“Designing that course got me thinking about the relationships between horses and Spain, and between horses and the New World. There weren't horses in North America before the Spaniards brought over thousands of them, and how did that happen?" Kealy asked.

“At the same time, I was looking at how Gypsies migrated across Europe. What I discovered was that just about 75 years before the Spanish were bringing horses to the New World, the Gypsies were moving into Spain. Essentially, the Gypsies came to Barcelona in 1427 and then just disappeared into Spain and its larger culture of wandering people. Given the established relationship between Gypsies and horses, I wanted to know if there was an influence of Gypsy culture on the horse training and the movement of horses from Spain to the New World. So, that's what I decided to do my sabbatical on.”

Scouting trips helped Kealy locate the archives in Paris and Madrid he would use, and when he arrived in Europe for his sabbatical, his first mission was to get up to speed on Gypsy language, culture and history. Most of that information was in French, as the French carefully documented the outsiders' movements from village to village.

“A sabbatical is supposed to be a challenge, and one of the challenges for me was to go to a new country. I'd lived in Spain, but France was new to me,” says Kealy. Though he had hoped to travel frequently between Paris, Madrid and Seville, where the Archive of the Indies holds Columbus's documents, a less-than-helpful exchange rate with the Euro made Seville, six hours south of Madrid and 17 hours south of Paris, hard to reach.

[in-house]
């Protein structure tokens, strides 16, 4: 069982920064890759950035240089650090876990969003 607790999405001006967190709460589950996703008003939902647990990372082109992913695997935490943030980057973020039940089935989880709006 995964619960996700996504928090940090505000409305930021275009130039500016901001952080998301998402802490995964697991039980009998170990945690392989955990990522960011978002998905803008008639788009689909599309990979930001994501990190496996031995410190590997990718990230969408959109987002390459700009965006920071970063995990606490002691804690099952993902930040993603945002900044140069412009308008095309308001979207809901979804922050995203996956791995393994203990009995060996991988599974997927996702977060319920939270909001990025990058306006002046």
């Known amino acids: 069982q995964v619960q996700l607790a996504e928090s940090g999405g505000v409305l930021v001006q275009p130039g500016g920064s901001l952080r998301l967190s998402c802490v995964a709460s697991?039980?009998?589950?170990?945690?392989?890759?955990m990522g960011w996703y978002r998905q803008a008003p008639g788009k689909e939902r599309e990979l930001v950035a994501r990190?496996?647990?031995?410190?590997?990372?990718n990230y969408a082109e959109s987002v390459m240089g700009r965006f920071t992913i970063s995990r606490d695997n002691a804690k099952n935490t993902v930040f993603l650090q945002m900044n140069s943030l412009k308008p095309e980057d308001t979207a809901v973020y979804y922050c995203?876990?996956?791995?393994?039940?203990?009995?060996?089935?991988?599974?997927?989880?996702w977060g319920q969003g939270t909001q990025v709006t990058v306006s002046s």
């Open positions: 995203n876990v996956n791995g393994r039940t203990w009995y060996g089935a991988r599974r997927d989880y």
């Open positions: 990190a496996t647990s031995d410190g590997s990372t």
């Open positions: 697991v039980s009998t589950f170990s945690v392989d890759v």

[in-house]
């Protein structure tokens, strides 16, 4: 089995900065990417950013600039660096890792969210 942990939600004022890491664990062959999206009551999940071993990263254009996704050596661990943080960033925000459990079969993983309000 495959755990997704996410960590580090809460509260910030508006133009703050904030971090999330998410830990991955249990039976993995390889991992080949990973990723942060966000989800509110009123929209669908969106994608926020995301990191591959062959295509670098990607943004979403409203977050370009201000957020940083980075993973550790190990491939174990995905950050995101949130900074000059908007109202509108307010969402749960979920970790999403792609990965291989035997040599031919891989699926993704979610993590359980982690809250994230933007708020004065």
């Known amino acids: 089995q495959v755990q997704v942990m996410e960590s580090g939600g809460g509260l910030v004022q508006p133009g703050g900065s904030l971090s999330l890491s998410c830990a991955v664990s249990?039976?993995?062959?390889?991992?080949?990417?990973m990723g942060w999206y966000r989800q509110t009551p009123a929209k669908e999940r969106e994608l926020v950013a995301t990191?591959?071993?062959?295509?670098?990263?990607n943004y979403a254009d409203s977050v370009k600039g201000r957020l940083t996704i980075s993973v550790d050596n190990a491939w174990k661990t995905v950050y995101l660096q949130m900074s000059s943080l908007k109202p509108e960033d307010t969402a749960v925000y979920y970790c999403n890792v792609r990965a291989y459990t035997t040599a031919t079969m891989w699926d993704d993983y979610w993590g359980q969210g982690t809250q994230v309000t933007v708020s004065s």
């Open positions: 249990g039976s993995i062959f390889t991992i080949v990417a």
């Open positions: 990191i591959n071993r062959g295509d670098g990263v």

“I did go to Madrid a few times to get into the documents - and I can tell you that reading hand-written medieval Spanish handwriting is quite difficult - but it was great to read texts in French and Latin and Spanish that recorded the Gypsies' entrance into Spain,” says Kealy. “The way they moved through Western Europe was fascinating. It was one of deception and playing off people's prejudices to make a living. If they were considered really good with horses, they would play off that and be really good with horses; if they were considered palm readers, they would happily take people's money to read fortunes.